As a cellist, Arsène lives on his concerts, but cannot help from dedicating part of his time to teaching: every month, in Châtellerault, in a wonderful property on the banks of the river Vienne, he gathers about ten students of different age and level some even practising another instrument than cello. 

More than in the specific technical study suited for each instrument, Arséne is interested to arise the interest of those whom he calls his apprentices, to the meaning of music itself and uses varied experimental and puzzling techniques to reach his goal.

Often taking support on the theatrical techniques, taking ideas from Stanislavski but also from Diderot, he reveals the importance of the inner world of the musician, and refuses to separate instrumental technique and music, considering the art of interpretation as a whole.

In this idyllic environment, always favourable to self-fulfilment, learning is not confined to the lessons themselves, but goes on and develops well beyond, thanks to the numerous discussions which animate the meals, the walks, or the sudden meetings in the park.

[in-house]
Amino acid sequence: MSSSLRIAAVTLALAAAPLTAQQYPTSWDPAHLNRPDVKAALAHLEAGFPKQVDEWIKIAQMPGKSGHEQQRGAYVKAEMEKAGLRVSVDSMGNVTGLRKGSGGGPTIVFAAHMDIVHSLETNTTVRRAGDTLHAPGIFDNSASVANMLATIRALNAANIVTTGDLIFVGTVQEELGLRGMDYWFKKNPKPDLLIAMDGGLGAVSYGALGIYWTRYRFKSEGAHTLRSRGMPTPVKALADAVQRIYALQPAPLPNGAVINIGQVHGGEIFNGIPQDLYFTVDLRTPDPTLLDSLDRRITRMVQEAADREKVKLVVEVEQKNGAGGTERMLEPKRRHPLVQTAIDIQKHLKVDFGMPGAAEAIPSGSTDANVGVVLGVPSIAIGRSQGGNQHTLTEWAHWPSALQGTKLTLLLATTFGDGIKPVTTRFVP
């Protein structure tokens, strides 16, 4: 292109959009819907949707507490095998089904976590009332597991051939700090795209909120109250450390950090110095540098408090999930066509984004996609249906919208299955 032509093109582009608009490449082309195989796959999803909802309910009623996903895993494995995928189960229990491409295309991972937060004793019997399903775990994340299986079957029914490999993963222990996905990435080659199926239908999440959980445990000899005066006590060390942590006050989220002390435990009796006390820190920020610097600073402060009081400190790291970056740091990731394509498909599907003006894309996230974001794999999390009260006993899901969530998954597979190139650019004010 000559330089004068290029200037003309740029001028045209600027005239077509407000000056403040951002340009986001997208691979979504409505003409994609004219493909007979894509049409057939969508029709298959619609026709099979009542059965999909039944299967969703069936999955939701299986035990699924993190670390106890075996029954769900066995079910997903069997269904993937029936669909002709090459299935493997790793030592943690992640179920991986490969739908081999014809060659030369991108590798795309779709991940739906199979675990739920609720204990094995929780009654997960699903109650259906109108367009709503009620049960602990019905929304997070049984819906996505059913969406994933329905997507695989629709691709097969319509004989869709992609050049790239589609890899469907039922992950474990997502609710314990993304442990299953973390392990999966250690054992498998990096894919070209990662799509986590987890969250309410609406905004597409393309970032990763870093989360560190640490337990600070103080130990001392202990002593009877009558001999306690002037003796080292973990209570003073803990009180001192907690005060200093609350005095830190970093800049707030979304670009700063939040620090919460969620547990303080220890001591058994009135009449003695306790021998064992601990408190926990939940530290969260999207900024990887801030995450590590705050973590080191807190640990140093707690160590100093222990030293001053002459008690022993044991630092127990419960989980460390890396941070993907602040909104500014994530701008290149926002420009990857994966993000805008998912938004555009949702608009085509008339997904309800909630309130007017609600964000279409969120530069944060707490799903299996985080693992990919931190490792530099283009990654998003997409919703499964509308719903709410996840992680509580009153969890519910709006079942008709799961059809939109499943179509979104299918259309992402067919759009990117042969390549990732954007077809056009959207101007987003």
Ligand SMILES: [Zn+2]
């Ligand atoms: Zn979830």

If Arsène’s untiring and demanding approach always finds an echo, including amongst the youngest, it is because it is always served with an unfailing, passionate and always communicative enthusiasm. By seeing himself as an amateur teacher, he reinstates the first meaning of this word, so often misused, whose root is amare: love. 

Very widely inspired by Jérôme Pernoo's personal experiences, this work gathers and organises them so that it can be read either as a novel or serve as a guide for musicians.

Jérôme Pernoo is a cellist. Having taught during seven years at the Royal College of Music of London, he was appointed professor of cello in 2007 at the Conservatoire National Supérieur de Musique et de Danse de Paris .